Appendix 1: Tales of Fiachra

“A further Irish example of a smith as initiator occurs in the story of Niall and his four step brothers. Mongfind sends the boys to Sithchenn, a smith who is also a magician and a seer. He gets them all into the forge and sets fire to it. Niall comes out with the anvil, and the other four brothers with the sledge-hammers, a pail of beer and the bellows, the spearheads, and a bundle of dry sticks with one green twig in it, respectively. From this the smith foretells their future. Mongfind send them to the smith a second time to obtain arms, and he sends them forth to prove their prowess, an expedition which culminates in a further test – the encounter with the hag at the well” (Rees, p. 253).

“In their youth, Niall (of the Nine Hostages) and his four step brothers, Brian, Fiachra, Ailill, and Fergus, were given weapons by a smith and sent hunting to prove their arms. After losing their way in the forest, the youth lit a fire to cook the game they had killed, and fergus was sent in search of drinking-water. He came to a well guarded by a monstrous black hag who would grant him useof the well only on condition he gave her a kiss. The lad refused and returned without water. Each of his three brothers in turn went on the same errand, but only Fiachra deigned to give the hag a ‘bare touch of a kiss’. For that she promised him ‘a mere contact with Tara’ – meaning that two of his seed (but none of the descendants of the other three brothers) would be kings. Then it was Niall’s turn. Faced with the same challenge, he kissed the old hag and embraced her. When he looked again, she had changed into the most beautiful woman in the world.
‘What art thou?’ said the boy. ‘King of Tara, I am Sovereignty’
(Rees, p. 73).

Appendix 2: The Ui Fiachrach in the Annals of the Four Masters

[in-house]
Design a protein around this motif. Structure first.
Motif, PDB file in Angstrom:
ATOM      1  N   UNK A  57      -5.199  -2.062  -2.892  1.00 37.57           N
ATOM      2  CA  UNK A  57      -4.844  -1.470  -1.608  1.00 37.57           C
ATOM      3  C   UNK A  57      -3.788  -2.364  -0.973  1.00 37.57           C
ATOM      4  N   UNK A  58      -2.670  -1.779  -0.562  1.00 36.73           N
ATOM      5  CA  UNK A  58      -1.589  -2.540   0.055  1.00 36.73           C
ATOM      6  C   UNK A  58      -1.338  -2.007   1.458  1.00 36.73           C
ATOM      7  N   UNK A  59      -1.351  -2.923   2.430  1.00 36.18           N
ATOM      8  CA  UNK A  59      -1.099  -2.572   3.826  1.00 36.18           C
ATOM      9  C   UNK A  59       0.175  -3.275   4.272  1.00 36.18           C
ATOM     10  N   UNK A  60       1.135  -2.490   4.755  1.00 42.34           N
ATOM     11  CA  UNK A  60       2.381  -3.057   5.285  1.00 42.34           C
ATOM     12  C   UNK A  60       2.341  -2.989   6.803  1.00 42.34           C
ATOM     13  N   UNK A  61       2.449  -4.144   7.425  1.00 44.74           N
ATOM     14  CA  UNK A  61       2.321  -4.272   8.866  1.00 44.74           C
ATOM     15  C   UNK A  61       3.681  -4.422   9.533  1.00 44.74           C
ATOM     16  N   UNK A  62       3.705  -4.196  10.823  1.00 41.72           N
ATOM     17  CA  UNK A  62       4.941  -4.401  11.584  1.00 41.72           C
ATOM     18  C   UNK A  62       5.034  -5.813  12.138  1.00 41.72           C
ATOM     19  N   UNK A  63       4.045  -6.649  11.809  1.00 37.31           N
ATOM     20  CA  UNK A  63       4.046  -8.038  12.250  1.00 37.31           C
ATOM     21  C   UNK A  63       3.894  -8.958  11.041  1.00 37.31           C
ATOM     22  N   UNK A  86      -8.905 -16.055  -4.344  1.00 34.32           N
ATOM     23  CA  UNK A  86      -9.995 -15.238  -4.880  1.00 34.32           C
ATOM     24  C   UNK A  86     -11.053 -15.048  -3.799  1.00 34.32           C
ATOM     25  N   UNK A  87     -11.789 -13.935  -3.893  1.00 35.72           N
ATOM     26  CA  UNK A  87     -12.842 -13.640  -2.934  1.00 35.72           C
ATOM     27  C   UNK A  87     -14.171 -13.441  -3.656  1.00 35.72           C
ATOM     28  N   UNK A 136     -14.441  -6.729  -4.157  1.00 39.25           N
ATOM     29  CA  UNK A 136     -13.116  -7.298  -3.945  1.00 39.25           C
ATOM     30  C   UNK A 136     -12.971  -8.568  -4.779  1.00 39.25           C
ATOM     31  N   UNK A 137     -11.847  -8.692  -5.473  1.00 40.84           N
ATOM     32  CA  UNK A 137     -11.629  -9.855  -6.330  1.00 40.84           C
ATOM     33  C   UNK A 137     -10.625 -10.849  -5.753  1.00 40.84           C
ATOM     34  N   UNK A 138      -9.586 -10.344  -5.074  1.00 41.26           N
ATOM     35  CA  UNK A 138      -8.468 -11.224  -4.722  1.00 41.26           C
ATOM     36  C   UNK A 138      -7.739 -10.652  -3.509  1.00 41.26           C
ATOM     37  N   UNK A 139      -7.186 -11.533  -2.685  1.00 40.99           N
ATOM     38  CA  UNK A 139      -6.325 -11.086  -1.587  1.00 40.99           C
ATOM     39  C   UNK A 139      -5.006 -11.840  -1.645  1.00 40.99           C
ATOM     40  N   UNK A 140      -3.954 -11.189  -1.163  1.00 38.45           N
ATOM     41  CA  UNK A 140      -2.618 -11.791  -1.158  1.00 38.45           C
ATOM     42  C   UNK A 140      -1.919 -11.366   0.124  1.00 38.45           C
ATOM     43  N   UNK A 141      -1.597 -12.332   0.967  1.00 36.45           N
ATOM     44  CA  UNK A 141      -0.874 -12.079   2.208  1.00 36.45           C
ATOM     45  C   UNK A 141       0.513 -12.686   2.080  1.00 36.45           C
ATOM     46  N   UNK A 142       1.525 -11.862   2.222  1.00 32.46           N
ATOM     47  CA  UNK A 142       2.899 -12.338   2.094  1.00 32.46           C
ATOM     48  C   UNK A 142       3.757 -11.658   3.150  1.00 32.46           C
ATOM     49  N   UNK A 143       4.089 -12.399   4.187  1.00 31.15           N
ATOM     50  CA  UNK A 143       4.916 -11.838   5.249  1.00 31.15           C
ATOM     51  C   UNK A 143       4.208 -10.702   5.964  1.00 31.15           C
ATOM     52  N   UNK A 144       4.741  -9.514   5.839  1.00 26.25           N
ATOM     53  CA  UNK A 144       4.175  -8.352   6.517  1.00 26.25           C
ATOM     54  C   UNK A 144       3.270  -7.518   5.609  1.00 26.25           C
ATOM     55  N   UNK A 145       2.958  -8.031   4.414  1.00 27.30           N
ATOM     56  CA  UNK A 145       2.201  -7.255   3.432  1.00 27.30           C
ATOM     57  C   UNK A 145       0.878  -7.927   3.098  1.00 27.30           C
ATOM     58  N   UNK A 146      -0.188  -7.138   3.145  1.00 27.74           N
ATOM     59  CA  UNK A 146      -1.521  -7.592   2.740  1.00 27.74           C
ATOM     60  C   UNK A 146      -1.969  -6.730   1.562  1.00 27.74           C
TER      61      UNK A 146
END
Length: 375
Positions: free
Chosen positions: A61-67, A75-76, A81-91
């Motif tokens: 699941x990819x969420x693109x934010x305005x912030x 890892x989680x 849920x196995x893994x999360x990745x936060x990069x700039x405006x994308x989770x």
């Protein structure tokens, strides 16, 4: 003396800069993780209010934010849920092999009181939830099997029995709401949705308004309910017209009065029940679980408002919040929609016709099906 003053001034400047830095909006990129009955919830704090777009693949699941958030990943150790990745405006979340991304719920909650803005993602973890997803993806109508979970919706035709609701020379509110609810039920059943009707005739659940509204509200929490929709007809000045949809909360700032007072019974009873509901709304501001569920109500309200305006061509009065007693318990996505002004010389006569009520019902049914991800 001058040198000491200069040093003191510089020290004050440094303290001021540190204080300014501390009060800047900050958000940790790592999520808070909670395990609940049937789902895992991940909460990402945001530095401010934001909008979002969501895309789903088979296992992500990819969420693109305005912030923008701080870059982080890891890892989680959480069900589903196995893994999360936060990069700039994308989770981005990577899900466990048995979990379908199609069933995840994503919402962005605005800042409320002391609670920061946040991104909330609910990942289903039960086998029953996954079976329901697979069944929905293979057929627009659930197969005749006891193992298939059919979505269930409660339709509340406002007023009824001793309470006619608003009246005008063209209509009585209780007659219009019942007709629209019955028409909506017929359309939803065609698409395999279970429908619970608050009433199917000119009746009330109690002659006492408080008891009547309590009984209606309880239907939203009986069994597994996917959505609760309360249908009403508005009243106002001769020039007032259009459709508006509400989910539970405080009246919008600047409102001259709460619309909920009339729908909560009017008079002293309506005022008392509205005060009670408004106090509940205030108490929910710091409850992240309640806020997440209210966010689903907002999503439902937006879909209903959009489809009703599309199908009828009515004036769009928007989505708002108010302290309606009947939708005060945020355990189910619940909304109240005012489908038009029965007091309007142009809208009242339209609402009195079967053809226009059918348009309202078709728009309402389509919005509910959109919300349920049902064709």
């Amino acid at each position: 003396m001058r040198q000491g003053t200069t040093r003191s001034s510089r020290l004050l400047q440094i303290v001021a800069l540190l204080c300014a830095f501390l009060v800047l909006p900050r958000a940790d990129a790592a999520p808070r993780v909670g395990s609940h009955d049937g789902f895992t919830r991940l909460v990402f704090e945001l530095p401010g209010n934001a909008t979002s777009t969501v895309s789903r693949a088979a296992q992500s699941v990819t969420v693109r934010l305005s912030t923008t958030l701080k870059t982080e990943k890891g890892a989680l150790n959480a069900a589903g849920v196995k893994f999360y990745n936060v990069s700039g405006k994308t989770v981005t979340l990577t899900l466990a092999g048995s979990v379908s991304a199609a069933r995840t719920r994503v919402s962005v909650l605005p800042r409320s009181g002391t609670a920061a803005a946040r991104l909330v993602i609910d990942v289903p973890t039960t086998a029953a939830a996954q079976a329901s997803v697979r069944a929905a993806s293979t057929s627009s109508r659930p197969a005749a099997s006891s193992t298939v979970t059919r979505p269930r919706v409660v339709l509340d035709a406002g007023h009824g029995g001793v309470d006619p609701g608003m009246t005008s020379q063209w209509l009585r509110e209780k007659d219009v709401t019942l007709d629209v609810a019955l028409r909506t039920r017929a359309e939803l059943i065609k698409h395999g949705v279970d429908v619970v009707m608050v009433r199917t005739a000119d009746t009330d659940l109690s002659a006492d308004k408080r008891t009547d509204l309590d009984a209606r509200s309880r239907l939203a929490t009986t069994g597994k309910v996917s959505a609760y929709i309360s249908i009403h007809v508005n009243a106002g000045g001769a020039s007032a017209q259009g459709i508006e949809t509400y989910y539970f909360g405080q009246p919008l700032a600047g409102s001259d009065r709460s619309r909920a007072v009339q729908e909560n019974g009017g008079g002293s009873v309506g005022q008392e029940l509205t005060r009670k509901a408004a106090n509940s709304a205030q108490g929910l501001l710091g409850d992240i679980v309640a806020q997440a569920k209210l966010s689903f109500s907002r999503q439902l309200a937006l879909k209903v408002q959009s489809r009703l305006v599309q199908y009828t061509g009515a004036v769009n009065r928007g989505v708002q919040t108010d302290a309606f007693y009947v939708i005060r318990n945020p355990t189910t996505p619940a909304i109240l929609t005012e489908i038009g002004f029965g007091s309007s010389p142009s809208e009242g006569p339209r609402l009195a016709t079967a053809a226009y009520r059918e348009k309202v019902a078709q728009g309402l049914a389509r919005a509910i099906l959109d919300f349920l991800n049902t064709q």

Hy Fiachra or Hy Fiachrach was a name applied to the territories possessed by the race of Fiachra, one of the sons of Eochaidh Muighmeadhoin, monarch of Ireland in the fourth century, of the race of Heremon. The following accounts of the race of Hy Fiachra have been collected from the Books of Leacan and Ballymote, O’Flaherty’s Ogygia, and other authorities. Fiachra was for some time King of Connaught, and was a celebrated warrior, and commander-in-chief of the Irish forces under his brother Niall of the Nine Hostages, Monarch of Ireland; and according to the Book of Ballymote, folio 145, on his return home from a great battle which he had fought with the men of Munster, A.D. 402, he died of his wounds at a place called Hy Mac-Uais in Meath, where he was buried with great honours, and where a monument was erected to his memory with an inscription in Ogham characters, on which occasion fifty prisoners taken in the battle were, according to the Pagan customs, sacrificed around his tomb. The place called Hy Mac-Uais is now the barony of Moygoish in Westmeath. Dathi, son of Fiachra, was king of Connaught, and afterwards Monarch of Ireland; he was one of the most celebrated of the Irish monarchs, and carried his victorious arms to Gaul, where he was killed by lightning at the foot of the Alps, A.D. 429. His body was brought to Ireland and buried at Relig-na-Riogh, the ancient cemetery of the Irish kings at Cruachan, near Elphin. Dathi was the last Pagan monarch of Ireland. Oilill Molt, son of Daithi, was also king of Connaught and monarch of Ireland in the fifth century. Amhalgaidh, another son of Fiachra, was also king of Connaught, and from him the territory of Tir Amhalgaidh or Tirawley in Mayo obtained its name. Dathi the monarch had a son called Fiachra Ealgach, whose posterity gave name to the territory of Hy Fiachrach Muaidhe or Hy Fiachra of the Moy, also called Tir Fiachrach, and afterwards Tireragh barony, in the country of Sligo. This Fiachra had a son called Amhalgaidh, who raised a carn of great stones called Carn Amhalgaidh, where it appears great assemblies of the people were held and where Amhalgaidh himself was buried...At Carn Amhalgaidh the chiefs of the O’Dowds were inaugurated as princes of Hy Fiachra, though according to some accounts the O’Dowds were sometimes inaugurated on the hill of Ardnarea near Ballina. Bryan, king of Connaught, ancestor of the Hy Briuin race, and Niall of the Hostages, Monarch of Ireland, ancestor of the Hy Nialls, of whom accounts have been given in the notes on Meath and Brefney, were brothers of Fiachra, son of Eochaidh Muighmeadhain, monarch of Ireland; and hence these three brothers were the progenitors of the kings and head chiefs of the Meath, Ulster and Connaught. The territories possessed by the race of Fiachra obtained the name of Hy Fiachra, and comprised the present counties of Sligo and Mayo with a great portion of Galway. The territory of Hy Fiachra in Galway, or southern Hy Fiachra, was called Hy Fiachra Aidhne from Eogan Aidhne, son of Eochaidh Breac, son of Dathi, monarch of Ireland. The posterity of Eogan Aidhne, the chief of whom were the O’Heynes, O’Clerys, and O’Shaughnesseys, possessed this territory, which was co-extensive with the diocese of Kilmacdaugh; and an account of its chiefs and clans will be found in the note on South Connaught. The chiefs of North Hy Fiachra in Sligo and Mayo were the O’Dowds, &c. According to O’Duhan and Mac Firbis, fourteen of the race of Hy Fiachra were kings of Connaught, some of whom had their residence at Aidhne, in Galway; others at Ceara, now the barony of Carra, in Mayo; and some on the plain of Muaidhe or the Moy, in Sligo.